Each year in the U.S. alone, around 48 million people are affected by foodborne illness and, according to the CDC, 3,000 people die from a food-related illness. Pathogens and bacteria can contaminate food at any step of the process from field to plate. It is a constant requirement for those in the food industry to keep environments sterile as well as clean the food at multiple checkpoints along the way.

 

Though the US is considered one of the safest food suppliers in the world, there is a push for food safety to increase through the Food Safety Modernization Act, or FSMA.

 

History of FSMA

 

Passed by Congress in 2011, after several outbreaks of food-related illness in the late 2000’s including Salmonella, and the early 2010’s seeing one of the most deadly listeria outbreaks in US history. The Food Safety Modernization Act, the greatest reform the FDA has seen in just over 70 years, was passed, thereby switching the FDA’s process from reactionary to preventative. The FDA has increased their authority inspect and the frequency in which inspections take place. Strengthening their partnership with the government, the FDA now is able to impose and ensure US food safety standards are met by foreign imports along with authorize mandatory recalls on food products.    

 

Now, nearly 7 years later, we are nearing the compliance deadline for companies labeled “very small” by the FDA with many of the last deadlines and extensions coming to a conclusion within the next few years for both foreign and domestic companies.

 

FSMA Requirements include but are not limited to:

 

Creating a Food Safety Plan (hazard analysis)

Creating a Food Defense Plan (vulnerability assessment)

Reporting foods that may cause issues to public health immediately

Registering with the FDA biannually

 

The task of meeting the new standards can be daunting for companies of any size, with those who have passed their deadline still reeling from the changes they have made and trying to catch up with further changes that have yet to come.

 

general-kinematics-toaster-conveyor

 

General Kinematics can offer equipment to help make the most sterile process a reality and cut down on vulnerabilities caused by porous material processes such as belt conveyors. GK uses stainless steel troughs and screens to create a sterile environment for any materials whether it needs to be conveyed, dried, cooled, heated, or lifted: GK has belt-free options to cut down on contamination.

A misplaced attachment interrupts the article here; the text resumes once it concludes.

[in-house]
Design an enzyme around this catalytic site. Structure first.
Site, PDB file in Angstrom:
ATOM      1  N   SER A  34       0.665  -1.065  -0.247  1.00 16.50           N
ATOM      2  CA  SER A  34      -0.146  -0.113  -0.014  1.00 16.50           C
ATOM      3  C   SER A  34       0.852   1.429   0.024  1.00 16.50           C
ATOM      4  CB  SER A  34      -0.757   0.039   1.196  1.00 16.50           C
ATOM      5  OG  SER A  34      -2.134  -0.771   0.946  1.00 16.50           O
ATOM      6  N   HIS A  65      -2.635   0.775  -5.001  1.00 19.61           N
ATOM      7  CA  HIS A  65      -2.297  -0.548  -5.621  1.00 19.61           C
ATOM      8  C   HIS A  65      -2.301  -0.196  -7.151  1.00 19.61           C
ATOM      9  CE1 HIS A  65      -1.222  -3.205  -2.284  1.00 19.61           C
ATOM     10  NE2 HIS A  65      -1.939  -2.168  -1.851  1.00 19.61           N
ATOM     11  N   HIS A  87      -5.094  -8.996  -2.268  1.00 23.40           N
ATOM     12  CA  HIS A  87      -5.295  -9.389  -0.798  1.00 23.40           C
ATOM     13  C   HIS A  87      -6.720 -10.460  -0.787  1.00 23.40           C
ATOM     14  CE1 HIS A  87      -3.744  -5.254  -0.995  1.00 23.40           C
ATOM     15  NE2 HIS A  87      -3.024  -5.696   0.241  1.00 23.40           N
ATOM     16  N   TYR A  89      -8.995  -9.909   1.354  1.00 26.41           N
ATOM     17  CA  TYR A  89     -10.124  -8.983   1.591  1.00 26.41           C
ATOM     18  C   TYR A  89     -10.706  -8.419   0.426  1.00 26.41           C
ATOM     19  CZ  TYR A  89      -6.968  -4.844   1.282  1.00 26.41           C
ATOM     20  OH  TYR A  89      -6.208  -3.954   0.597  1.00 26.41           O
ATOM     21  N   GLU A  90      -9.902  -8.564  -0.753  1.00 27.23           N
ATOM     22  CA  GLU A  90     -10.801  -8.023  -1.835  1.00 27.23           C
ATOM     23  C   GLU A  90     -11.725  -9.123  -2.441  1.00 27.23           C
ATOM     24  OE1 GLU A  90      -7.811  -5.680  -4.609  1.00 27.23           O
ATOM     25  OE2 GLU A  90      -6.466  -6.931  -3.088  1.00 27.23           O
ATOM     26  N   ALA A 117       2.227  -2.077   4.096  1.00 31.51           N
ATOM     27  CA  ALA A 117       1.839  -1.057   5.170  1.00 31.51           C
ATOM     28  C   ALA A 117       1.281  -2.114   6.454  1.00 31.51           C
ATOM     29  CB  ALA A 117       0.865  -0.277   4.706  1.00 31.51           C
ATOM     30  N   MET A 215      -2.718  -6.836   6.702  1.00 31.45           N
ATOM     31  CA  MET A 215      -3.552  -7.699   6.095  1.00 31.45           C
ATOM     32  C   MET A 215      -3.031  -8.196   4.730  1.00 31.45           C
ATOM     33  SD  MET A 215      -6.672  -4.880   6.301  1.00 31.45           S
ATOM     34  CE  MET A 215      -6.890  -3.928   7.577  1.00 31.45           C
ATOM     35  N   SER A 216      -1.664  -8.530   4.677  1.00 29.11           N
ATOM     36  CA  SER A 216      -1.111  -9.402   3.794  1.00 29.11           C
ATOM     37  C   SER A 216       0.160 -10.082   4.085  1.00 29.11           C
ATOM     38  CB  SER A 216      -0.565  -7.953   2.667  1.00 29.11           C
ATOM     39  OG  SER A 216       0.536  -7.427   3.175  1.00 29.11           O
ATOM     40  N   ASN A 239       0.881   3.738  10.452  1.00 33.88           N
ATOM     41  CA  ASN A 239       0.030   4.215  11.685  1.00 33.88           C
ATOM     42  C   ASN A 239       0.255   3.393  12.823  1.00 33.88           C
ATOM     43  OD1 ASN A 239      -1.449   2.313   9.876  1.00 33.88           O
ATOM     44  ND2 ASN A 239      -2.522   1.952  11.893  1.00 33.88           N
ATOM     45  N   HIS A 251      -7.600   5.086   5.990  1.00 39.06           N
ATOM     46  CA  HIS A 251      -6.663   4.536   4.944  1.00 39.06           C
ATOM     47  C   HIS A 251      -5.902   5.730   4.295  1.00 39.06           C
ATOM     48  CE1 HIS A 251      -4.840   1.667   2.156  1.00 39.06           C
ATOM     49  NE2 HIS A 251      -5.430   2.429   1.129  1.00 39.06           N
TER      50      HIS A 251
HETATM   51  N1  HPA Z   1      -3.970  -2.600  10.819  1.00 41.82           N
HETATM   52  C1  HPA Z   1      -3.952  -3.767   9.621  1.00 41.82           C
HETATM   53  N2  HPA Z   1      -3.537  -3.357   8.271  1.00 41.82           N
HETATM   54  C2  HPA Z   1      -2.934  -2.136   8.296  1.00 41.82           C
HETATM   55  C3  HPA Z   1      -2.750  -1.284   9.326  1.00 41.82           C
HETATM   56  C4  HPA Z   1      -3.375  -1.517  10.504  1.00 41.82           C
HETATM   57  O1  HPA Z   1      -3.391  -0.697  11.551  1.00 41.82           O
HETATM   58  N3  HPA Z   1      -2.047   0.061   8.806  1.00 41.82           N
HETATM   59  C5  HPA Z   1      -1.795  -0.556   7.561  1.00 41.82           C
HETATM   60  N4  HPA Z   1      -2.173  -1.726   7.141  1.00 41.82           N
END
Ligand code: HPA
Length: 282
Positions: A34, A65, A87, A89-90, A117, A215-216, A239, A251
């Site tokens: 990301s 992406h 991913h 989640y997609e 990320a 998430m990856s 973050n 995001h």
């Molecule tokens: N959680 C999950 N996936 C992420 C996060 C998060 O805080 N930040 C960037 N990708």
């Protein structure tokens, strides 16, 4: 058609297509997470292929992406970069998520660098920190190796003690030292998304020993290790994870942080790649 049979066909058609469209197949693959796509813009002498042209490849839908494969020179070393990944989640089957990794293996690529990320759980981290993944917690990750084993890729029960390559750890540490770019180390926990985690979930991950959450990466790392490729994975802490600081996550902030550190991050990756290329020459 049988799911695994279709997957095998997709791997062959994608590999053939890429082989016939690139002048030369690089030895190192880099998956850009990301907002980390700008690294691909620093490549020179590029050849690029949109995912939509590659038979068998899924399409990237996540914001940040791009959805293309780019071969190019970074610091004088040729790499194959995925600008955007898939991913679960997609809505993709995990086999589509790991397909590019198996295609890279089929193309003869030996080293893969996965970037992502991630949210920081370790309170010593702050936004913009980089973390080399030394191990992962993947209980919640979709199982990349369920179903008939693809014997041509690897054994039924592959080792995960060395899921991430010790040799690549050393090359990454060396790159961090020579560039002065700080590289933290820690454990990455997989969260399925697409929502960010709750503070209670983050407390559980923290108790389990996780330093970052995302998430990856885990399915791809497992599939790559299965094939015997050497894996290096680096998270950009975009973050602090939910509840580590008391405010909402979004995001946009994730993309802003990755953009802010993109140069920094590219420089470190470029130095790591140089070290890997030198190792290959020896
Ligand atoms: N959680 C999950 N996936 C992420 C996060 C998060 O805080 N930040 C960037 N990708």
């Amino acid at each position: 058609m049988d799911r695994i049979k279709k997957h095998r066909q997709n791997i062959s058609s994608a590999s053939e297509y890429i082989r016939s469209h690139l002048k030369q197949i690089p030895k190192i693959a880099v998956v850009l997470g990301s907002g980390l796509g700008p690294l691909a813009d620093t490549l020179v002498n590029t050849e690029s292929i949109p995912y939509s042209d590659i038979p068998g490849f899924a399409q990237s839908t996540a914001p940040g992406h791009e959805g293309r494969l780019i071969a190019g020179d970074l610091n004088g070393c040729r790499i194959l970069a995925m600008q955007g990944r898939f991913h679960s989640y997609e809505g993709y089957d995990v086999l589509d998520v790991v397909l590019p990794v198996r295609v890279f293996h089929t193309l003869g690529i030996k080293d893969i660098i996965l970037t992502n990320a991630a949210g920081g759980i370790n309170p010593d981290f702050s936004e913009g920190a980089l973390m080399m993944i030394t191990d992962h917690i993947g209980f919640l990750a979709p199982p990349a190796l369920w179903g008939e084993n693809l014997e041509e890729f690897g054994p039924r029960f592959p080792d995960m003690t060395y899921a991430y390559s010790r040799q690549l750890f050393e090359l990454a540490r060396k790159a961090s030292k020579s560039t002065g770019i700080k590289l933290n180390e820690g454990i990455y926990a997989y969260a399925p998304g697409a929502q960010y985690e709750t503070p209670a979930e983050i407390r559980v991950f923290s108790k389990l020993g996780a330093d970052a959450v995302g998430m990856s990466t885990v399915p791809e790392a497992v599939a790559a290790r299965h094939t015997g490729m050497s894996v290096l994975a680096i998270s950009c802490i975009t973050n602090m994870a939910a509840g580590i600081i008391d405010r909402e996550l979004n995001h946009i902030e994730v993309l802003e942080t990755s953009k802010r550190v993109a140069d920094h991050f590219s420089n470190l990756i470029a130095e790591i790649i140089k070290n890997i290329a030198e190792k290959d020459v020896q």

If you are looking for a unique process solution or need help getting your process to FSMA standards, call a GK engineer today and get your process going!

Related Bulk Processing News

general-kinematics-uncoaler

Improving Your Material Flow

Solid materials handling is an important part of many industrial processes. However, if not properly managed, solids handling operations can quickly become system bottlenecks that significantly reduce process efficiency and system throughput. This article highlights some critical issues regarding the flow of solid materials as well as an overview of some material flow systems. Material […]

Read More
How to Meet Silica Regulation Standards General Kinematics

How to Meet Silica Regulation Standards

We all know crystalline silica, a mineral that is commonly found in construction materials like concrete and mortar, is commonly associated with a wide variety of work-related health issues, such as silicosis (i.e., lung fibrosis explicitly caused by the inhalation of silica dust), chronic renal disease, lung cancer, pulmonary tuberculosis, and other diseases of the […]

Read More
General Kinematics Equipment

How GK Can Help Reduce Manufacturing and Assembly Costs

For many companies, manufacturing equipment is a significant investment. However, properly selecting, assembling, and maintaining your equipment can improve process efficiency in such a way that the original equipment investment is recouped multiple times over. Not convinced? Let us show you the ways that General Kinematics can help you reduce manufacturing and equipment costs and […]

Read More